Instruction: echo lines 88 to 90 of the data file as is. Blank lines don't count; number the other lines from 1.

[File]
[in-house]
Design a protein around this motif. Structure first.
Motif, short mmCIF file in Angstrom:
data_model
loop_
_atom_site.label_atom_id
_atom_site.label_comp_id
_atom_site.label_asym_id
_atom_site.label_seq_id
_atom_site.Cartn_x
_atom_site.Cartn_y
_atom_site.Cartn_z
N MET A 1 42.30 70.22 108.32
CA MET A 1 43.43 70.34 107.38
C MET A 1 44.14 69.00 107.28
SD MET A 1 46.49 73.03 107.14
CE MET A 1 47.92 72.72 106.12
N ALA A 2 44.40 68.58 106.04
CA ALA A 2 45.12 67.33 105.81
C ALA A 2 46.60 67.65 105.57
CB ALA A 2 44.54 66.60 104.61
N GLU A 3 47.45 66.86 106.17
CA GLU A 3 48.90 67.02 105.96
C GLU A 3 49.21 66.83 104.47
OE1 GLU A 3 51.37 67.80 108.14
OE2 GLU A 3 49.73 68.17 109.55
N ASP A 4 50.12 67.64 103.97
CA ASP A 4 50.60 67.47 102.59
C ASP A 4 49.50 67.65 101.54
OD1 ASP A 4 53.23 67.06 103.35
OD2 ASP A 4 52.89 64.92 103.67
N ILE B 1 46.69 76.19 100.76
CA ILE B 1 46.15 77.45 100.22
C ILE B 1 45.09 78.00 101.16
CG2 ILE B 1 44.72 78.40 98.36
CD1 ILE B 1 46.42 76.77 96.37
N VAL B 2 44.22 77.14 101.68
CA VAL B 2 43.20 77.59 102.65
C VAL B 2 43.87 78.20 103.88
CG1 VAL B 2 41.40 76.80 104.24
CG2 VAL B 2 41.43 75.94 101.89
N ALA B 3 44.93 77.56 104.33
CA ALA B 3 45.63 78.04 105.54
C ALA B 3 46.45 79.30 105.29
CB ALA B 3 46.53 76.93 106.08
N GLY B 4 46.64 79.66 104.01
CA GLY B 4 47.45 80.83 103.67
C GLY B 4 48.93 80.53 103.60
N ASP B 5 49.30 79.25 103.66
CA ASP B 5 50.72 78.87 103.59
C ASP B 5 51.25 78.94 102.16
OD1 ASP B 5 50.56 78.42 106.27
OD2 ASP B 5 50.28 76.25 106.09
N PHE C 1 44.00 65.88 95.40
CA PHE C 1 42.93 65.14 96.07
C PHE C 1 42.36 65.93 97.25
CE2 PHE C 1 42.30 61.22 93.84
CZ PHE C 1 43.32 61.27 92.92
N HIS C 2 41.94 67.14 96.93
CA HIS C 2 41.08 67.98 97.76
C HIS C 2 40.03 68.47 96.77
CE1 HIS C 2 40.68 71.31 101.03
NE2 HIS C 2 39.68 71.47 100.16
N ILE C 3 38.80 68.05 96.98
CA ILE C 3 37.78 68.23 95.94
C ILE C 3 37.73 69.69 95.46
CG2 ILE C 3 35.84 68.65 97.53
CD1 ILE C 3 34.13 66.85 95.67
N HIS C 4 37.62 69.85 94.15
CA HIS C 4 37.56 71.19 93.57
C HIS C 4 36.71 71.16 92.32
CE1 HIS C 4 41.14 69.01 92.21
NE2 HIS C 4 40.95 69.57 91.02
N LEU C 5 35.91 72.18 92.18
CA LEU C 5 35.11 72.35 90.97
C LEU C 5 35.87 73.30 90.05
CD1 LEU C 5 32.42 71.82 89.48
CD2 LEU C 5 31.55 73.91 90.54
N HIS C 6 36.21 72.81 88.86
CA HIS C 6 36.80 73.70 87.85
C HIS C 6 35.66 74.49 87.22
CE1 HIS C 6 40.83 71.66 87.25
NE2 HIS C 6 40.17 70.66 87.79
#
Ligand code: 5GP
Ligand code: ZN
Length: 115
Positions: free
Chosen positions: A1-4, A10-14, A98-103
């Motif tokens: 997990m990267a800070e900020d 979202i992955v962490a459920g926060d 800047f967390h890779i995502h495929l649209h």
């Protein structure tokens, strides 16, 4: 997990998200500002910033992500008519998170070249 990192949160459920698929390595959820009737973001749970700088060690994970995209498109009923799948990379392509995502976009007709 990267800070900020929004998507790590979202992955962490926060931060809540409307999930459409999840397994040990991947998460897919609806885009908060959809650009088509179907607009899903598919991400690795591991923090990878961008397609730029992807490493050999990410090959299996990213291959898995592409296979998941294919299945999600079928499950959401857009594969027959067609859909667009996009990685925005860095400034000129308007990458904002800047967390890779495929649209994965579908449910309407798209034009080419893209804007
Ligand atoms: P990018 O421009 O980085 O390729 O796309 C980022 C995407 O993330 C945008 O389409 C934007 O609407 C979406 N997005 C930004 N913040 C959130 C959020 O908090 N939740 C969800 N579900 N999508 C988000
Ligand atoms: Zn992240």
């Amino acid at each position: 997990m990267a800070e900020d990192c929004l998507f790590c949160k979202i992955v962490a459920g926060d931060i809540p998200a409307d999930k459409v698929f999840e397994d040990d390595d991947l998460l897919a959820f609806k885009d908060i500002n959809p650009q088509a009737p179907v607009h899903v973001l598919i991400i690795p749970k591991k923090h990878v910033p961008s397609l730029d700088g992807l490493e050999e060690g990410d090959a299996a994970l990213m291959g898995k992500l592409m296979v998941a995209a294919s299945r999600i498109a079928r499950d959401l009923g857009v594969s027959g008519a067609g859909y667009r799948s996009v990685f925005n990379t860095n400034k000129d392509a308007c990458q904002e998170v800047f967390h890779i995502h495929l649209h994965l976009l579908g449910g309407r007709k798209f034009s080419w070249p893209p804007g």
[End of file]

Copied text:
Positions: free
Chosen positions: A1-4, A10-14, A98-103
């Motif tokens: 997990m990267a800070e900020d 979202i992955v962490a459920g926060d 800047f967390h890779i995502h495929l649209h």